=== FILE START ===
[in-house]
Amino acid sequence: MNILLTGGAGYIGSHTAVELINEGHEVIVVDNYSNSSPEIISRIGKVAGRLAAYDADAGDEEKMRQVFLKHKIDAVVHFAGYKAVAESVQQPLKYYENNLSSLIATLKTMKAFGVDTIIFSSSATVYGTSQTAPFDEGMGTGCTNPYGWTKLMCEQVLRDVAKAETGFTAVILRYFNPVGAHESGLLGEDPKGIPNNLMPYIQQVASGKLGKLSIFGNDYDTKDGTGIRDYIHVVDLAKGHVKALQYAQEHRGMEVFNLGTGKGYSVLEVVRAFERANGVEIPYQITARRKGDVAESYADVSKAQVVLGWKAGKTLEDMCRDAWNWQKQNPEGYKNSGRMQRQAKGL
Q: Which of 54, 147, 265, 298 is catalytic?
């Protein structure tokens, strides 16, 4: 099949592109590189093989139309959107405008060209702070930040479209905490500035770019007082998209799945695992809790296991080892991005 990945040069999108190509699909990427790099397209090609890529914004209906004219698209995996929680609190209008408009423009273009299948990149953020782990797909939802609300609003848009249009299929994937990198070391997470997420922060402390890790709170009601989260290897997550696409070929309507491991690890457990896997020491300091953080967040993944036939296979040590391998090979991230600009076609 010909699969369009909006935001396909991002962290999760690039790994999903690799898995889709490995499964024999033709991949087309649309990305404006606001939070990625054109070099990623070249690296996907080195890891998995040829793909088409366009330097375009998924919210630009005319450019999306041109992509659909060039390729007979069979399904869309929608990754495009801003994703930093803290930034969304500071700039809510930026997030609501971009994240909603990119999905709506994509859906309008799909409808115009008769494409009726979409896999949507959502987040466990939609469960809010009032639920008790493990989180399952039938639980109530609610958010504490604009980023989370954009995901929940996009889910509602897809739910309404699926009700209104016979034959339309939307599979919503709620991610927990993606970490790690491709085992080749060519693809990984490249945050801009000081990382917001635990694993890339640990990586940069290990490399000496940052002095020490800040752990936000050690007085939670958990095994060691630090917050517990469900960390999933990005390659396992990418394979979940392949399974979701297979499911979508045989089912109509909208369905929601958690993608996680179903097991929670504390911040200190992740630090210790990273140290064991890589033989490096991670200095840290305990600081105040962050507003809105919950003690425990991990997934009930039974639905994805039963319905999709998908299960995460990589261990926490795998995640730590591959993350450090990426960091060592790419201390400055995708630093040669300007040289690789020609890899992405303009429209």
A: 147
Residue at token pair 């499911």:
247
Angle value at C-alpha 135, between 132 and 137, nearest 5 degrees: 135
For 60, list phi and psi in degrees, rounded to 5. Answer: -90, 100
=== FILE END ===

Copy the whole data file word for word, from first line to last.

[in-house]
Amino acid sequence: MNILLTGGAGYIGSHTAVELINEGHEVIVVDNYSNSSPEIISRIGKVAGRLAAYDADAGDEEKMRQVFLKHKIDAVVHFAGYKAVAESVQQPLKYYENNLSSLIATLKTMKAFGVDTIIFSSSATVYGTSQTAPFDEGMGTGCTNPYGWTKLMCEQVLRDVAKAETGFTAVILRYFNPVGAHESGLLGEDPKGIPNNLMPYIQQVASGKLGKLSIFGNDYDTKDGTGIRDYIHVVDLAKGHVKALQYAQEHRGMEVFNLGTGKGYSVLEVVRAFERANGVEIPYQITARRKGDVAESYADVSKAQVVLGWKAGKTLEDMCRDAWNWQKQNPEGYKNSGRMQRQAKGL
Q: Which of 54, 147, 265, 298 is catalytic?
């Protein structure tokens, strides 16, 4: 099949592109590189093989139309959107405008060209702070930040479209905490500035770019007082998209799945695992809790296991080892991005 990945040069999108190509699909990427790099397209090609890529914004209906004219698209995996929680609190209008408009423009273009299948990149953020782990797909939802609300609003848009249009299929994937990198070391997470997420922060402390890790709170009601989260290897997550696409070929309507491991690890457990896997020491300091953080967040993944036939296979040590391998090979991230600009076609 010909699969369009909006935001396909991002962290999760690039790994999903690799898995889709490995499964024999033709991949087309649309990305404006606001939070990625054109070099990623070249690296996907080195890891998995040829793909088409366009330097375009998924919210630009005319450019999306041109992509659909060039390729007979069979399904869309929608990754495009801003994703930093803290930034969304500071700039809510930026997030609501971009994240909603990119999905709506994509859906309008799909409808115009008769494409009726979409896999949507959502987040466990939609469960809010009032639920008790493990989180399952039938639980109530609610958010504490604009980023989370954009995901929940996009889910509602897809739910309404699926009700209104016979034959339309939307599979919503709620991610927990993606970490790690491709085992080749060519693809990984490249945050801009000081990382917001635990694993890339640990990586940069290990490399000496940052002095020490800040752990936000050690007085939670958990095994060691630090917050517990469900960390999933990005390659396992990418394979979940392949399974979701297979499911979508045989089912109509909208369905929601958690993608996680179903097991929670504390911040200190992740630090210790990273140290064991890589033989490096991670200095840290305990600081105040962050507003809105919950003690425990991990997934009930039974639905994805039963319905999709998908299960995460990589261990926490795998995640730590591959993350450090990426960091060592790419201390400055995708630093040669300007040289690789020609890899992405303009429209």
A: 147
Residue at token pair 């499911």:
247
Angle value at C-alpha 135, between 132 and 137, nearest 5 degrees: 135
For 60, list phi and psi in degrees, rounded to 5. Answer: -90, 100